At the same time, Russia is unlikely to accept defeat in Ukraine anytime soon. Reports came out on March 29 that Ukraine and Russia were making progress on peace talks, but Russia’s lead negotiator Vladimir Medinsky stressed that there was “still a long way to go” before Russia would agree to a ceasefire. Instead, Russia appears to have changed its war aims from taking Kyiv to consolidating control over eastern Ukraine. Fighting for this objective is likely to be costly and raises the probability that this war will be a protracted conflict. Western sanctions against Russia will remain in place during the war, and Western countries will continue to provide assistance to Ukrainian armed forces. That assistance will flow through Eastern European member states.
To break out of a stalemated war and achieve victory, Putin could try to target supplies in transit while they are still in an Eastern European NATO country, especially Poland. Putin could also conduct a limited attack against a Baltic State in order to take territory that is majority Russian-speaking. That could bolster his claim of defending Russian speakers abroad. He may be incentivized to do this if the economic sanctions prove too harsh on the Russian economy, and he sees no way out of the crisis except by expanding the war. That pathway to escalation is similar to Imperial Japan’s rationale for attacking Pearl Harbor in 1941.
This scenario poses a serious test for deterrence for NATO. A strike on supplies going to Ukraine would be difficult to defend against, and Russian forces could overwhelm the NATO forces assigned to an initial defense of the Baltics. The best response to the threat of these scenarios is to prevent them from happening in the first place. To do that, a modest degree of brinkmanship could prove effective. Here, the United States and NATO should alter their nuclear posture and declaratory policy to allow for asymmetric escalation.
The alliance already has B61 gravity bombs deployed across five countries in Europe and deliverable by dual-capable aircraft. The United States and NATO can enhance their impact by changing the Nuclear Posture Review and the Deterrence and Defence Posture Review to stress that they reserve the ability to use nuclear weapons first. In addition, the aircraft units assigned to carry NATO’s nuclear weapons can hold more exercises to emphasize the operational readiness of those forces. If an attack by Russia looks imminent, the United States, in consultation with NATO allies, can put those forces on alert. The goal of these steps by the United States and NATO would be to emphasize to Russia the nuclear implications of an attack on a NATO country without taking steps that could cross a Russian “red line” and provoke it.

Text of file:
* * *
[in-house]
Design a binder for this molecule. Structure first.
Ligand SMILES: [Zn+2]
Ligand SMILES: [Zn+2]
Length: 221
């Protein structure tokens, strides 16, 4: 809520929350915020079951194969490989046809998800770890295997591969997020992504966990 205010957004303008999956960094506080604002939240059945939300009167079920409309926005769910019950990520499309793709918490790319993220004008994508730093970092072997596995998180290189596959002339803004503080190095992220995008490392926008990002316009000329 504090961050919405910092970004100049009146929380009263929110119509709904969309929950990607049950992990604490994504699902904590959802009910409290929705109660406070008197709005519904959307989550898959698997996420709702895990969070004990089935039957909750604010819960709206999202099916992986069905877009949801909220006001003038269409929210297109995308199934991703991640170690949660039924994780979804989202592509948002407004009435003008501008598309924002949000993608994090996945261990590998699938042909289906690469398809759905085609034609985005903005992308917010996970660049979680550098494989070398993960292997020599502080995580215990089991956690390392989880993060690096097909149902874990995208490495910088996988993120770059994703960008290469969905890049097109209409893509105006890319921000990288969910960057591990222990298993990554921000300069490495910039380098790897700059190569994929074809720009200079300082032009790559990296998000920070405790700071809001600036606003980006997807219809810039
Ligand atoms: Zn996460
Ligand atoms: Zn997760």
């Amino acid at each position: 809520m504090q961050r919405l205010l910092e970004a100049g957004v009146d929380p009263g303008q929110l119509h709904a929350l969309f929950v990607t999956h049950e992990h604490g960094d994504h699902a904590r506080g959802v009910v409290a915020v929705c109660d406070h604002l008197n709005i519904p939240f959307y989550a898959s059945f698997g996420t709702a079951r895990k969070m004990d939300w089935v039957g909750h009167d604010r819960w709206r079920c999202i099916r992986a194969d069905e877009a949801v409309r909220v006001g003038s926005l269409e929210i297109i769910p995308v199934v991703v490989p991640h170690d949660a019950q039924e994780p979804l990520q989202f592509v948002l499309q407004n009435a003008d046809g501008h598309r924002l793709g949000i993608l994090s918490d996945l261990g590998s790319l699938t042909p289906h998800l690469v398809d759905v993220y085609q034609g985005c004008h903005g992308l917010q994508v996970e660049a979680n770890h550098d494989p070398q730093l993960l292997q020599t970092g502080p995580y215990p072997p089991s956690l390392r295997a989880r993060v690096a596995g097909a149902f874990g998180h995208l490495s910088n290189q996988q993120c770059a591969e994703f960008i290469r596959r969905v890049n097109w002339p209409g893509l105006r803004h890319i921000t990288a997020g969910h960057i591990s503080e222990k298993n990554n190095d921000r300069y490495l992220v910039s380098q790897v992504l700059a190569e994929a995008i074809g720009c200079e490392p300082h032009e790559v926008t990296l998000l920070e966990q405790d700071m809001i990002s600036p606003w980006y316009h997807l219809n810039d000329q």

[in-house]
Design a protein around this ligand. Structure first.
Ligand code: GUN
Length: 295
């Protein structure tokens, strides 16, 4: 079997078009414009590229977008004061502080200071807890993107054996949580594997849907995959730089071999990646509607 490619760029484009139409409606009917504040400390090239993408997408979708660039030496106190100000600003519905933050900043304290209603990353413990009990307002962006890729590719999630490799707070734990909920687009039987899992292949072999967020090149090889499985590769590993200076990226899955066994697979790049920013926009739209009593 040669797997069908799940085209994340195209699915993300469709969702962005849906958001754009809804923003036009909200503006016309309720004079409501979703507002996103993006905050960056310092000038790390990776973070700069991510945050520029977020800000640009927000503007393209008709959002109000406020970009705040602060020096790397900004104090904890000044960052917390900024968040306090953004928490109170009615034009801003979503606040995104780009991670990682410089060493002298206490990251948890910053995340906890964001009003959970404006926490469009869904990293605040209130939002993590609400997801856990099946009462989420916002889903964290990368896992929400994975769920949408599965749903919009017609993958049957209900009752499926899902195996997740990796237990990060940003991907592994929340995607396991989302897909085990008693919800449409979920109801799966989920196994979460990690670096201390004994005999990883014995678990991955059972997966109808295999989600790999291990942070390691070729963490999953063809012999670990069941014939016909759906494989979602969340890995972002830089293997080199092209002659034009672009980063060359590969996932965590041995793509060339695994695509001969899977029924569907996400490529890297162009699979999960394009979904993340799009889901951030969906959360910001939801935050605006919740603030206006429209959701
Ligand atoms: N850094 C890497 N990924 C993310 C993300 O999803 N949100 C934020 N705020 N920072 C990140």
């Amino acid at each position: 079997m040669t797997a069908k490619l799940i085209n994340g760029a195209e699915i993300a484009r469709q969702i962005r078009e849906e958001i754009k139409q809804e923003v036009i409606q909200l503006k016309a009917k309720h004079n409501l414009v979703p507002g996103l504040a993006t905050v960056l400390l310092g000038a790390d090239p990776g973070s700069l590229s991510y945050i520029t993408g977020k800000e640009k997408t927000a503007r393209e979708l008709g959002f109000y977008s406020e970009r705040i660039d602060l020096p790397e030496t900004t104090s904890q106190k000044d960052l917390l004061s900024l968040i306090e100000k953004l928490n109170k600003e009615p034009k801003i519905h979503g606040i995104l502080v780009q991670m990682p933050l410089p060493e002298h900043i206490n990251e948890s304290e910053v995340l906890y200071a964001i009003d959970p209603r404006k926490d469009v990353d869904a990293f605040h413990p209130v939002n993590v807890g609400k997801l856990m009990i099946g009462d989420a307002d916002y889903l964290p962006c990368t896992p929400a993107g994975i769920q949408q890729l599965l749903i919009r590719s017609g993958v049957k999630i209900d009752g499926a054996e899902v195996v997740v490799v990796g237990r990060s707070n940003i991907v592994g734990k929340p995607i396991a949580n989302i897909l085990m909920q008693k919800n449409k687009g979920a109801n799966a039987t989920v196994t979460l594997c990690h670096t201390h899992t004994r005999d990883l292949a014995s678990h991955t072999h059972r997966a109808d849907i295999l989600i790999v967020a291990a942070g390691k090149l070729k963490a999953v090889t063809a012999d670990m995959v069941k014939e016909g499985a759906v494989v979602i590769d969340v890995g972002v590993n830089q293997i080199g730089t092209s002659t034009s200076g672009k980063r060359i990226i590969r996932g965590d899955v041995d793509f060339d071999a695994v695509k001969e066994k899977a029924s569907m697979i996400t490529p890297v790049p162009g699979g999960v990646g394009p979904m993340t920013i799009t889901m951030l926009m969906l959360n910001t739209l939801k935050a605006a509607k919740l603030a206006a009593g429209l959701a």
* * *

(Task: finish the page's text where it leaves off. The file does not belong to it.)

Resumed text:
What is important here is not making sure that NATO has more tactical nuclear warheads than Russia or that they are able to stop a Russian advance on their own. NATO’s nuclear weapons would primarily have a political effect: threatening a breach of the nuclear threshold. The current arsenal of around 130 tactical nuclear weapons should be sufficient for that task.
Such an asymmetric escalation strategy is not ideal and carries great risks, but it is a product of past decisions to expand NATO without first developing real plans for the defense of new members. NATO expansion came at a time when policymakers assumed that the risk of war in Europe was low and thus did not have to think about the dynamics of great power war or escalation. Putin has disabused Western leaders of their naïveté and in the process shown himself to be aggressive and risk-acceptant in the pursuit of ambitious goals. Threatening early nuclear use in a NATO-Russia conflict may be the best way to protect Europe from Putin’s recklessness.
Tyler Bowen is a postdoctoral fellow in the Kissinger Center at Johns Hopkins SAIS. His research focuses on the dynamics of nuclear crisis bargaining and the implications of those dynamics for U.S. grand strategy. More information on his research can be found at https://app.scholarsite.io/tyler-bowen, and you can find him on Twitter @RealTylerBowen